EXPENSIVE. VERY. I’ve been told by many successful singers that you will spend about $100,000 (between school and all the other expenses afterwards) before you make your first dime singing. Fortunately, due to scholarships and cheaper schools I haven’t spent that much, but since school I’ve spent a pretty penny continuing the pursuit. Fortunately, I’ve actually made some money singing (“some” being the operative word there) before hitting that $100,000 mark. Why so expensive even after school? Either you choose to live in NYC or you choose to commute to NYC. Either way, it’s expensive. Since I have chosen not to live permanently in NYC (1 year was enough, thank you), I have to go up there monthly for lessons, auditions, networking, etc… And because I have been blessed with friends with extra beds, it is cheaper for me to do that than to live in the city. BUT, there’s always the challenge of making enough money in the 3 weeks I am home to pay for my trips and the challenge of finding work that allows me to be gone for 7 -10 days a month! Oh the joys! How have I accomplished that? God. I’m finding that in my prayer life, I find a recurring theme, “Lord, I feel you’ve got my on this path, but I have no money in the account. Help!” And he continuously comes through with random gigs nannying, cleaning houses and organizing offices and homes. The conversation that actually inspired this post was a phone call with a guy whose office I’m organizing.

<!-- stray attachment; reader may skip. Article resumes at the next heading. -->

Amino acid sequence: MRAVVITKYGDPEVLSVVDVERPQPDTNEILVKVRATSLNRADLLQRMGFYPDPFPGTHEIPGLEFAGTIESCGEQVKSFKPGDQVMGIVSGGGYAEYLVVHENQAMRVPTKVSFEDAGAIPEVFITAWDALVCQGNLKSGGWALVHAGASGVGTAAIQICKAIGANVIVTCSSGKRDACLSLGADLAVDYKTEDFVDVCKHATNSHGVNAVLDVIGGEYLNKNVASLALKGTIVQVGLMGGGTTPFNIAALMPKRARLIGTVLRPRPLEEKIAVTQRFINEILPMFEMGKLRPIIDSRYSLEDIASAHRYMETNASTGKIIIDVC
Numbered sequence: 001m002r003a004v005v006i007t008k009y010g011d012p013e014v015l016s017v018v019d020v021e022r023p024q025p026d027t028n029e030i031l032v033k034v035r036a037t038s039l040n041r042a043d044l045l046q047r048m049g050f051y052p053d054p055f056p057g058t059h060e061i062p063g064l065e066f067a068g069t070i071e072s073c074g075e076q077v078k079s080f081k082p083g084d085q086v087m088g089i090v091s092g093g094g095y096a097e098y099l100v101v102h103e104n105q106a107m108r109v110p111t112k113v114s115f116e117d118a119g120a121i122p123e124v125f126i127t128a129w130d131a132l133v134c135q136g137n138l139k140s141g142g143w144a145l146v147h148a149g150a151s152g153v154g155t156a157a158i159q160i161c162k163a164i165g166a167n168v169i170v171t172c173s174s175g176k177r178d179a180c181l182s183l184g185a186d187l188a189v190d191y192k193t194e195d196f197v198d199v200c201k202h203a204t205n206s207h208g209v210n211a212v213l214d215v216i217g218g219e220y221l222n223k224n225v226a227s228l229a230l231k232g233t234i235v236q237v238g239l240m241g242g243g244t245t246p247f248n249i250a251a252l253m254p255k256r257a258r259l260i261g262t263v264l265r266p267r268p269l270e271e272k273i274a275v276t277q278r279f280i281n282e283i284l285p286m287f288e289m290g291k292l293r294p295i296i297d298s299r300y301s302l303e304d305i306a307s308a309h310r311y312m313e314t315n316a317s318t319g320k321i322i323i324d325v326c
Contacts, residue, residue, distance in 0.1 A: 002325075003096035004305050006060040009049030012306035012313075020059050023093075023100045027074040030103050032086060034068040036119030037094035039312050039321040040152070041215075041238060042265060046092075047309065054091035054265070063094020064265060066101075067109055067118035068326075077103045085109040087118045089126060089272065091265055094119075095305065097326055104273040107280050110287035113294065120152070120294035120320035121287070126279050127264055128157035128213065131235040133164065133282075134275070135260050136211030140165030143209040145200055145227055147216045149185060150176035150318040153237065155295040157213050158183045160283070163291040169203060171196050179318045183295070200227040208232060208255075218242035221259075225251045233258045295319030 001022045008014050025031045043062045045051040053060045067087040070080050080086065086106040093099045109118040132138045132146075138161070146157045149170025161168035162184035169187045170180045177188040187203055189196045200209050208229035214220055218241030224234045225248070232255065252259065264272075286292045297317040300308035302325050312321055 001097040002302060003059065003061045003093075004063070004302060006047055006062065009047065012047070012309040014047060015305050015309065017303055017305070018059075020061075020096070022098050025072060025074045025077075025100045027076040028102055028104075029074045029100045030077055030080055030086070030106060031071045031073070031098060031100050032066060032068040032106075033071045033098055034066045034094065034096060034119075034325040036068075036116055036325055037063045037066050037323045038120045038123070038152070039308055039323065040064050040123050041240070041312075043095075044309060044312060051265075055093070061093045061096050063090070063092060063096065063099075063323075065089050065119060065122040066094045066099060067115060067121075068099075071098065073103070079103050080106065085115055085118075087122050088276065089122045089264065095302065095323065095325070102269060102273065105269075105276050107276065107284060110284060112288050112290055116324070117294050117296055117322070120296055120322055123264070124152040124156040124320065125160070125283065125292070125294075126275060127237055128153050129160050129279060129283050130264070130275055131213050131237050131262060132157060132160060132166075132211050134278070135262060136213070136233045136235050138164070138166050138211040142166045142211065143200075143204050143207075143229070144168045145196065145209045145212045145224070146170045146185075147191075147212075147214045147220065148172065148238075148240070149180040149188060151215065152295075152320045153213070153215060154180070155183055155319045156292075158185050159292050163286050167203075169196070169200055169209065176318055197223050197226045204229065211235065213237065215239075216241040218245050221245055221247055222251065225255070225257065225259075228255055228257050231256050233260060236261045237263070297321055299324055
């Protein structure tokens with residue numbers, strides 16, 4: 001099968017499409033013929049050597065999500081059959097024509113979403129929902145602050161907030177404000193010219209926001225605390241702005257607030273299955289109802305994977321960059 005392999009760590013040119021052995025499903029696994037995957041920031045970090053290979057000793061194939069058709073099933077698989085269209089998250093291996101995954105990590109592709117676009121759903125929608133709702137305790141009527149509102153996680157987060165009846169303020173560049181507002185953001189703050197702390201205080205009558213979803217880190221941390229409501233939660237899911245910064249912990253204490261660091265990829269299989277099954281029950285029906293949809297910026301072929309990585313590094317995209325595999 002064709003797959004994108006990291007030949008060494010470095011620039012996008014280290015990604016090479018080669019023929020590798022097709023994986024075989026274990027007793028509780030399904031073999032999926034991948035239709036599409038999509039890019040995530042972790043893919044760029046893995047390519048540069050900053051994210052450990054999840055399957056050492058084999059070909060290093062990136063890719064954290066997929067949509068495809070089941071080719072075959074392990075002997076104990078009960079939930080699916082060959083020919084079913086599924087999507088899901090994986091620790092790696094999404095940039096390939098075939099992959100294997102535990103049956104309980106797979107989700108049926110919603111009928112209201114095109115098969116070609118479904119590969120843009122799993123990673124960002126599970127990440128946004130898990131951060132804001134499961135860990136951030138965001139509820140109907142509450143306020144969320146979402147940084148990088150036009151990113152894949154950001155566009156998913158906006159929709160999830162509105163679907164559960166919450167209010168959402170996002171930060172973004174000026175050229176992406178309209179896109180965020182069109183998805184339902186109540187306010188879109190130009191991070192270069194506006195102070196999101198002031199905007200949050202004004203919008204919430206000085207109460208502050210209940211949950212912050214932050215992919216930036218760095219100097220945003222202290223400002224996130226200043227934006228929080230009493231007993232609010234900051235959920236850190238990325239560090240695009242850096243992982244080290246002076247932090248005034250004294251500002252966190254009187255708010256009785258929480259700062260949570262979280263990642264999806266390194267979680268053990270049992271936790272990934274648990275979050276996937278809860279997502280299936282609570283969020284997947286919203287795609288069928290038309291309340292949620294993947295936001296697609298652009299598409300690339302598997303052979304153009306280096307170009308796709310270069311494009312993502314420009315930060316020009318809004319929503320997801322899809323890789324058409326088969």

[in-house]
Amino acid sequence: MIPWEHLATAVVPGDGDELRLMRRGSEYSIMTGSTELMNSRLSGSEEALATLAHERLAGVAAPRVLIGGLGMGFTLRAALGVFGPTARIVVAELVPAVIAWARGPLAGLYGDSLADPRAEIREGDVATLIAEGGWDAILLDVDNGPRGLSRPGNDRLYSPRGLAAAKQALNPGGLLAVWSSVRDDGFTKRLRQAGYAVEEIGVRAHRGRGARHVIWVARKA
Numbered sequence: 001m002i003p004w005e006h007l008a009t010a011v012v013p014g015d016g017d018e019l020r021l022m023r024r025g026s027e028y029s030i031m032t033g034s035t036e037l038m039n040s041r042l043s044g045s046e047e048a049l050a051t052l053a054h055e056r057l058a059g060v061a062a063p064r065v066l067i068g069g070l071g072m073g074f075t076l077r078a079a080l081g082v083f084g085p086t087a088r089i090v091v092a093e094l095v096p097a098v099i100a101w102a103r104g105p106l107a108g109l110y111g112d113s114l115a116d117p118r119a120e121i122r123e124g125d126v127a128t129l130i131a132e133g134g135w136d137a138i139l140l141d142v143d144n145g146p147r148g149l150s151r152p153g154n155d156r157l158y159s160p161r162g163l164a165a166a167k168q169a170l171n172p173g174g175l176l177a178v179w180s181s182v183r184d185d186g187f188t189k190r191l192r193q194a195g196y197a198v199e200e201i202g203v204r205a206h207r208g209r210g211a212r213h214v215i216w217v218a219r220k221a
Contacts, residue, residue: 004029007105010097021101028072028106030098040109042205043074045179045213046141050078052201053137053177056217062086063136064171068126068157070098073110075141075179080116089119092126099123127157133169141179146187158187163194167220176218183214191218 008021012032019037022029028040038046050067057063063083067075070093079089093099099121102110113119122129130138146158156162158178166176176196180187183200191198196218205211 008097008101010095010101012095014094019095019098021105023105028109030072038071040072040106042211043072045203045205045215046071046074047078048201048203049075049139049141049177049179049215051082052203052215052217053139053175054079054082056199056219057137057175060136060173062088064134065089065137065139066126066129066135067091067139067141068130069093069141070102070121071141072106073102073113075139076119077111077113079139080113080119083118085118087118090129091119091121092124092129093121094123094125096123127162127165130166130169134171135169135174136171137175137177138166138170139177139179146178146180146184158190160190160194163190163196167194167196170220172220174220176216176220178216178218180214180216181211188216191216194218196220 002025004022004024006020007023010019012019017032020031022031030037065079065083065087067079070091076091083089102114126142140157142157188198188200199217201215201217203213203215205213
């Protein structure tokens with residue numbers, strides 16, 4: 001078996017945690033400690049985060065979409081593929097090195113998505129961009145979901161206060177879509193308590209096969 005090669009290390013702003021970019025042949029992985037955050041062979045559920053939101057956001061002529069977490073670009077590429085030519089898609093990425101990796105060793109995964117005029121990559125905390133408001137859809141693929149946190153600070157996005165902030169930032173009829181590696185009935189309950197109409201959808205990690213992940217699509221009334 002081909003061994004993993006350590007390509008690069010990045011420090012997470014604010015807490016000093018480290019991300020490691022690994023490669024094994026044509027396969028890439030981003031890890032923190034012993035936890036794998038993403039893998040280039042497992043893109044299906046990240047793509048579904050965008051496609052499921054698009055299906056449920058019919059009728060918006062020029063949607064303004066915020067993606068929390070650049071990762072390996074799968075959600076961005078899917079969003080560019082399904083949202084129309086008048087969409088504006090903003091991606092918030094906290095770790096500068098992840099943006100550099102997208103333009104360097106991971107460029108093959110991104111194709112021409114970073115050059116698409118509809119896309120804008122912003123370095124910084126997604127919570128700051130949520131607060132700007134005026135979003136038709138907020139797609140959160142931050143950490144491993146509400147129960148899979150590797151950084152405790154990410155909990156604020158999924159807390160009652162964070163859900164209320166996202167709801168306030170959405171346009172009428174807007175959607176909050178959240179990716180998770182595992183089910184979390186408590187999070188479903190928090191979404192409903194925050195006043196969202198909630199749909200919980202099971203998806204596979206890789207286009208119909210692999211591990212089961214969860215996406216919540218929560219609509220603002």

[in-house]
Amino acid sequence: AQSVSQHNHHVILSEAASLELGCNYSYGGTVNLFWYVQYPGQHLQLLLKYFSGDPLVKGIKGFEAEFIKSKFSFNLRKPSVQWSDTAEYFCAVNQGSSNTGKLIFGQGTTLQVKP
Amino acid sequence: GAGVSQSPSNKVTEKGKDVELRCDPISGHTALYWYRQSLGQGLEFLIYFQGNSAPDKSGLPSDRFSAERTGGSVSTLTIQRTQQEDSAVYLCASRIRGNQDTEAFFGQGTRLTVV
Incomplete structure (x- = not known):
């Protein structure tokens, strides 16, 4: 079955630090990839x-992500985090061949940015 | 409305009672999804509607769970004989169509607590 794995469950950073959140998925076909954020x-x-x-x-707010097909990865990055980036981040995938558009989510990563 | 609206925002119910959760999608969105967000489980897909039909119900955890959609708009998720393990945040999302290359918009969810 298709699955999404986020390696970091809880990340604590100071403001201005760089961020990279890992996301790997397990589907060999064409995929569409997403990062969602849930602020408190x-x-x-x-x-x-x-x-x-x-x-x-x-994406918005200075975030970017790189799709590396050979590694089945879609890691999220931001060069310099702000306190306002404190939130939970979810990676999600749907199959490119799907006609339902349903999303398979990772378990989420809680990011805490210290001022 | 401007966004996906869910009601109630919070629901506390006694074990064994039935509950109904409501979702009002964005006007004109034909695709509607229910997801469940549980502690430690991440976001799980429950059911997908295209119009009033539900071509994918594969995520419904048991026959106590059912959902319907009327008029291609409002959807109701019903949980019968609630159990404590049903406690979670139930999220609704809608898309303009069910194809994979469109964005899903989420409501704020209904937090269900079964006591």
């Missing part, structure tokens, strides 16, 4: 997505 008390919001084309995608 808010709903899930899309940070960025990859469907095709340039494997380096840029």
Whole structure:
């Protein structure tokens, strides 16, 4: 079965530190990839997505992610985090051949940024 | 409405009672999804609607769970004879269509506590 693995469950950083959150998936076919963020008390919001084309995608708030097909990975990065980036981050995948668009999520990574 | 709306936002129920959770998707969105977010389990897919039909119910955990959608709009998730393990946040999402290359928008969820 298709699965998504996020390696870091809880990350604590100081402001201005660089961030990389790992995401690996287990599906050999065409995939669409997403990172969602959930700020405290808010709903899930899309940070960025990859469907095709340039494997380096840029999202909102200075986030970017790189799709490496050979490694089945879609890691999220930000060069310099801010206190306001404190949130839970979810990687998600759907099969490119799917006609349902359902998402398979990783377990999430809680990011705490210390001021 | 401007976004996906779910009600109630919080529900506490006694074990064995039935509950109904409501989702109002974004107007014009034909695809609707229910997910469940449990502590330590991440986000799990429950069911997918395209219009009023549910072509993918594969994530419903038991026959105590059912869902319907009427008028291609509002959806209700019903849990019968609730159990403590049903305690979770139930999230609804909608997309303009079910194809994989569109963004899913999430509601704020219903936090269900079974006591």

So, the glamor? Whew. I can barely contain myself. Exciting? Yes, but not for the reasons you think. “Will I have the money? Will I not? Will I get that gig? Will I not?” That’s excitement, I tell ya.